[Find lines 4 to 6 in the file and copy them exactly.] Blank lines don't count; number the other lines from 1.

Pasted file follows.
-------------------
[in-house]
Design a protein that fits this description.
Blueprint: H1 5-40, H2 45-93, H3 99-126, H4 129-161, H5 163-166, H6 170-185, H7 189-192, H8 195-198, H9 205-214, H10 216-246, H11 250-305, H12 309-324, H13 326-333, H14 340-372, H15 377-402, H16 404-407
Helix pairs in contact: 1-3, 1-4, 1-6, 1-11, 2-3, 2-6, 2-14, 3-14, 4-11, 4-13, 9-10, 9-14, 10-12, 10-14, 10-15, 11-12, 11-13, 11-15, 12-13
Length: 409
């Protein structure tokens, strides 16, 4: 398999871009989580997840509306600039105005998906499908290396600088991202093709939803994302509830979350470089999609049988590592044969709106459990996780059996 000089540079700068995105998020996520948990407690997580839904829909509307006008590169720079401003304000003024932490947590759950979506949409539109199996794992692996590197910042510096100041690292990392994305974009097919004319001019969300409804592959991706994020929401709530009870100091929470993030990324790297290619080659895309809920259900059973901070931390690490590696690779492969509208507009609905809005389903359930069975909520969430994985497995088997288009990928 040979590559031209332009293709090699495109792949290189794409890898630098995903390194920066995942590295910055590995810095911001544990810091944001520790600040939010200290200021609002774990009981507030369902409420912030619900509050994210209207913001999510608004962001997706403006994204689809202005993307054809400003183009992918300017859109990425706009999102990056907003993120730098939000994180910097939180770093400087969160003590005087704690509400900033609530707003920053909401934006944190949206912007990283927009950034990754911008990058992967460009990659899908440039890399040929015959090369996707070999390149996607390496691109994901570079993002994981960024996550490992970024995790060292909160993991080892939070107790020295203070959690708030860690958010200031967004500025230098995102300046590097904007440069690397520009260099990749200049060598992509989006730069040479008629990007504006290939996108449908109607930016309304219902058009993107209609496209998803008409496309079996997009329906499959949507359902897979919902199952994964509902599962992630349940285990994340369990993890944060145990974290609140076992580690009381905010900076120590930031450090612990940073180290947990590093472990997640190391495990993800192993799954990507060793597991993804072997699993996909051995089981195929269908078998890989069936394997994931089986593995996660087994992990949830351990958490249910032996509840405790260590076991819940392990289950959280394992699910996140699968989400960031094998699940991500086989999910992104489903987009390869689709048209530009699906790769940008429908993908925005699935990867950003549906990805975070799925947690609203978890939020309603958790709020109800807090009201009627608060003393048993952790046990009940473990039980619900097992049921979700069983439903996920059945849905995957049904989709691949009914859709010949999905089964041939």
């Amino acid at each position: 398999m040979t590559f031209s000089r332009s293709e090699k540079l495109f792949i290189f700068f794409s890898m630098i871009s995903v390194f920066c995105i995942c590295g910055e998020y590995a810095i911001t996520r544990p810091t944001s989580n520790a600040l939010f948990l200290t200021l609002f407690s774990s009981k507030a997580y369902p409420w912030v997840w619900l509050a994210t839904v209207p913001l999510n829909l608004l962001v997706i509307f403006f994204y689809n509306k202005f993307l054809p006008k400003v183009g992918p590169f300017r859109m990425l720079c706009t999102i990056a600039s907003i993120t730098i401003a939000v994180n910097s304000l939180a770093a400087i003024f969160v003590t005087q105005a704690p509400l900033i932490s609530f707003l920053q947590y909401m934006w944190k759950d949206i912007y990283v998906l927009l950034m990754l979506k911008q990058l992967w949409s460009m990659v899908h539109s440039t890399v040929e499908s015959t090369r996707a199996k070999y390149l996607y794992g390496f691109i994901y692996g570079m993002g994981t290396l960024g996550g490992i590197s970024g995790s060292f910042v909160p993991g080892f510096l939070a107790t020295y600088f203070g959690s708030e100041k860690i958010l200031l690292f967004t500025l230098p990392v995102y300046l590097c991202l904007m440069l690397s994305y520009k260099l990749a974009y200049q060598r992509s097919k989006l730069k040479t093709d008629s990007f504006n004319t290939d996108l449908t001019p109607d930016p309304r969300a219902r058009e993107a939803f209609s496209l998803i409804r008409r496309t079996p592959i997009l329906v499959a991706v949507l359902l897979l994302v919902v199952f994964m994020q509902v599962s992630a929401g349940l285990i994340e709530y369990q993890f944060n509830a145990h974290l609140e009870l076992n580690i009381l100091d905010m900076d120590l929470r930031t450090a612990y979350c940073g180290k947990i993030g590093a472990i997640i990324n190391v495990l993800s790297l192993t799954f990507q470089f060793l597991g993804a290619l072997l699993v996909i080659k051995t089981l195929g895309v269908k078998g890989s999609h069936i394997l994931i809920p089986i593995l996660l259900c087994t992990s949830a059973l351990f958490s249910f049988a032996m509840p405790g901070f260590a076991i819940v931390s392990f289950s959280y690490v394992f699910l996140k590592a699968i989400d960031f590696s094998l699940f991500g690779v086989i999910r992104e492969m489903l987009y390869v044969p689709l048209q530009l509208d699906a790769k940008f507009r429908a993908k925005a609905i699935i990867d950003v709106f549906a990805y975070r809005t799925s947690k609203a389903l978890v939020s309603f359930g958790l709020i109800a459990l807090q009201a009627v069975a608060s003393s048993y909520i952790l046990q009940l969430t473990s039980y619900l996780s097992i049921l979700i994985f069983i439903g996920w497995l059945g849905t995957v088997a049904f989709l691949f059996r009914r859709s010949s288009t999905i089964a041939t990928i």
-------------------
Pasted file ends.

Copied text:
Helix pairs in contact: 1-3, 1-4, 1-6, 1-11, 2-3, 2-6, 2-14, 3-14, 4-11, 4-13, 9-10, 9-14, 10-12, 10-14, 10-15, 11-12, 11-13, 11-15, 12-13
Length: 409
């Protein structure tokens, strides 16, 4: 398999871009989580997840509306600039105005998906499908290396600088991202093709939803994302509830979350470089999609049988590592044969709106459990996780059996 000089540079700068995105998020996520948990407690997580839904829909509307006008590169720079401003304000003024932490947590759950979506949409539109199996794992692996590197910042510096100041690292990392994305974009097919004319001019969300409804592959991706994020929401709530009870100091929470993030990324790297290619080659895309809920259900059973901070931390690490590696690779492969509208507009609905809005389903359930069975909520969430994985497995088997288009990928 040979590559031209332009293709090699495109792949290189794409890898630098995903390194920066995942590295910055590995810095911001544990810091944001520790600040939010200290200021609002774990009981507030369902409420912030619900509050994210209207913001999510608004962001997706403006994204689809202005993307054809400003183009992918300017859109990425706009999102990056907003993120730098939000994180910097939180770093400087969160003590005087704690509400900033609530707003920053909401934006944190949206912007990283927009950034990754911008990058992967460009990659899908440039890399040929015959090369996707070999390149996607390496691109994901570079993002994981960024996550490992970024995790060292909160993991080892939070107790020295203070959690708030860690958010200031967004500025230098995102300046590097904007440069690397520009260099990749200049060598992509989006730069040479008629990007504006290939996108449908109607930016309304219902058009993107209609496209998803008409496309079996997009329906499959949507359902897979919902199952994964509902599962992630349940285990994340369990993890944060145990974290609140076992580690009381905010900076120590930031450090612990940073180290947990590093472990997640190391495990993800192993799954990507060793597991993804072997699993996909051995089981195929269908078998890989069936394997994931089986593995996660087994992990949830351990958490249910032996509840405790260590076991819940392990289950959280394992699910996140699968989400960031094998699940991500086989999910992104489903987009390869689709048209530009699906790769940008429908993908925005699935990867950003549906990805975070799925947690609203978890939020309603958790709020109800807090009201009627608060003393048993952790046990009940473990039980619900097992049921979700069983439903996920059945849905995957049904989709691949009914859709010949999905089964041939």